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Essential Reading
Bligh, B. & Pearshouse, I. (2011) Doing Learning Space Evaluation. In A. Boddington & J. Boys  (eds) Re-shaping Learning: A Critical Reader: The Future of Learning Spaces in Post compulsory Education Rotterdam: Sense Publishers/ pp. 3-18.
Ellis, R. A. & Goodyear, P. (2016) Models of learning space: integrating research on space, place and learning in higher education Review of Education Volume 4, Issue 2, pp. 149–191.
Ossa-Richardson, A. (2014), ‘The Idea of a University and its Concrete Form’. In P. Temple (ed.), The Physical University: Contours of space and place in higher education. Abingdon: Routledge.
Further Reading
Association of University Directors of Estates (AUDE) (2015) Higher Education Estates Statistics report http://www.aude.ac.uk/resources/news/view?g=7f6f8a92-3d5d-4afc-aca3-e860b68ee928
CABE. (2005), Design with distinction: the value of good building design in higher education  London: Commission for Architecture and the Built Environment.
Coulson, J., Roberts, P. and Taylor, I. (2015), University Trends: Contemporary Campus Design. Abingdon: Routledge.
Clark, H. (2002), Building education: the role of the physical environment in enhancing teaching and research. London: Institute of Education, University of London.
De Botton, A. (2007), The Architecture of Happiness. London: Penguin Books.
Dittoe, W. (2006), ‘Seriously cool places: the future of learning-centered built environments’. In D. Oblinger (ed.), Learning spaces. Washington, DC: Educause.
Edwards, B. (2000), University architecture. London: Spon Press.
Edwards, R. and Usher, R. (2003), ‘Putting space back on the map of learning’. In R. Edwards and R. Usher (eds), Space, curriculum and learning. Greenwich, CT: Information Age Publishing.
Gabrielsen, M. and Saugstad, T. (2007), ‘From identity to facility – the new buildings for the Faculty of Humanities at the University of Copenhagen’. Scandinavian Journal of Educational Research, 51, 531-546.
HEFCE. (2005), Sustainable development in higher education (05/28). Bristol: Higher Education Funding Council for England.
Jamieson, P. (2003), ‘Designing more effective on-campus teaching and learning spaces: a role for academic developers’. International Journal for Academic Development, 8, 119-133.
Jamieson, P., Fisher, K., Gilding, T., Taylor, P. and Trevitt, A. (2000), ‘Place and space in the design of new learning environments’. Higher Education Research and Development, 19, 221-236.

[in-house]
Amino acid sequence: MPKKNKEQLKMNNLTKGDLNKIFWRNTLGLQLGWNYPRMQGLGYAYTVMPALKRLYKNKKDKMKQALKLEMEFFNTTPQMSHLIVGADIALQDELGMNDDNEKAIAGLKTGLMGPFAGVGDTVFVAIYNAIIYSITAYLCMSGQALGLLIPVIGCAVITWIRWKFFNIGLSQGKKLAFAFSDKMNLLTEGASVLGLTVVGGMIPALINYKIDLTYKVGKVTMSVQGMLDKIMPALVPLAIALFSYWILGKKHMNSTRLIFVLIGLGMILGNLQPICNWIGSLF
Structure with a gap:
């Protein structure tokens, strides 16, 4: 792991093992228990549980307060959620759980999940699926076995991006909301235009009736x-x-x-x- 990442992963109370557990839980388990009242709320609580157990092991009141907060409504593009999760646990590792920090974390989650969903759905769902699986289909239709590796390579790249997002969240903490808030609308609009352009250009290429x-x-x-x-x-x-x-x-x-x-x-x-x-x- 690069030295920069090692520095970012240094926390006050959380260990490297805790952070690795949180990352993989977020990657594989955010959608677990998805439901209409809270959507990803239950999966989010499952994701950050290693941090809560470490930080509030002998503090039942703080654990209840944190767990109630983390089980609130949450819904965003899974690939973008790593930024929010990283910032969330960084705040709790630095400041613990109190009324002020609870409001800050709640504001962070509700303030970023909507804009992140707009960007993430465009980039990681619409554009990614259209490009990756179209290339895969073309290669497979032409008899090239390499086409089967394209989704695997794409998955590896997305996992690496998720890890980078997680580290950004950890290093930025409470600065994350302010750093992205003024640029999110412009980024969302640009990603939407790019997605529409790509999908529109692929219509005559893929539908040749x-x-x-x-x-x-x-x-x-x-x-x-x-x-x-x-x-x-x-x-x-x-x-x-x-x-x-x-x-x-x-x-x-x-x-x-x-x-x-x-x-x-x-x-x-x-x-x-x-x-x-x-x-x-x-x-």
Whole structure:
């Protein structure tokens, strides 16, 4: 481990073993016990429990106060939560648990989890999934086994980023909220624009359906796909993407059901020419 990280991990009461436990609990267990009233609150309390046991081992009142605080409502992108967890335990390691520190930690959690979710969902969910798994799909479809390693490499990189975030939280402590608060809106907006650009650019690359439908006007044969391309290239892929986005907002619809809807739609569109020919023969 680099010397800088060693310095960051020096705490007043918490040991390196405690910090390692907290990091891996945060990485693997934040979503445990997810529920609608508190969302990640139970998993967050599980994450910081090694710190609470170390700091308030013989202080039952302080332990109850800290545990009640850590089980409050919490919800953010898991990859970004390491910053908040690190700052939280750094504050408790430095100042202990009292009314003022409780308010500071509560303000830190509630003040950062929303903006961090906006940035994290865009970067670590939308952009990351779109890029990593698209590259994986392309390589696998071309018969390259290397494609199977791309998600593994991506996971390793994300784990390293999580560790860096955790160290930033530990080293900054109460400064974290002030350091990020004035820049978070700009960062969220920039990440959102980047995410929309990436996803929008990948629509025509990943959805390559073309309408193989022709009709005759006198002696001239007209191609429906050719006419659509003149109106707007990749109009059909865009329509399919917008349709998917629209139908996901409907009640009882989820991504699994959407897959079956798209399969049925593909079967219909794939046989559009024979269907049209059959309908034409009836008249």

JISC. (2006), Designing spaces for effective learning: a guide to 21st century learning space design. Bristol: JISC Development Group.
Jones, S. , Sutcliffe, M. J. , Bragg, J. & Harris, D. (2016) To what extent is capital expenditure in UK higher education meeting the pedagogical needs of staff and students? Journal of Higher Education Policy and Management, Vol.38 (4), p.477-489.
Kuh, G., Kinzie, J., Schuh, J. and Whitt, E. (2005), Student success in college: creating conditions that matter. San Francisco, CA: Jossey-Bass.
Kuntz, A., Petrovic, J. and Ginocchio, L. (2012), ‘A Changing Sense of Place: a case study of academic culture and the built environment’. Higher Education Policy, 25, 433-451.
Matthews, G. & Walton, G.  (2014) Strategic development of university library space New Library World, Vol.115 (5/6), pp.249-237
Mitchell, W. (2007), Imagining MIT: designing a campus for the twenty-first century. Cambridge, MA: MIT Press.
Neary, M. et al (2010), Learning landscapes in higher education. Lincoln: Centre for Educational Research and Development, University of Lincoln.
Norgard, R. and Bengtsen, S. (2016), ‘Academic citizenship beyond the campus: a call for the placeful university’. Higher Education Research and Development, 35 (1), 4-16.
Savin-Baden, M. (2011) ‘Research Spaces’, in Re-Shaping Learning: A Critical Reader. ed. by Boddington, A., & Boys, J. (Rotterdam: Sense Publishers), 93-104.
Scott-Webber, L. (2004), In sync: environmental behavior research and the design of learning spaces. Ann Arbor, MI: The Society for College and University Planning.
SMP. (2006a), UK higher education space management project: Impact on space of future changes in higher education (2006/10). Bristol: Higher Education Funding Council for England
SMP. (2006b), UK higher education space management project: promoting space efficiency in building design (2006/09). Bristol: Higher Education Funding Council for England.
Strange, C. and Banning, J. (2001), Educating by design: creating campus learning environments that work. San Francisco, CA: Jossey-Bass.
Temple, P. (ed.) (2014), The Physical University: Contours of space and place in higher education. Abingdon: Routledge.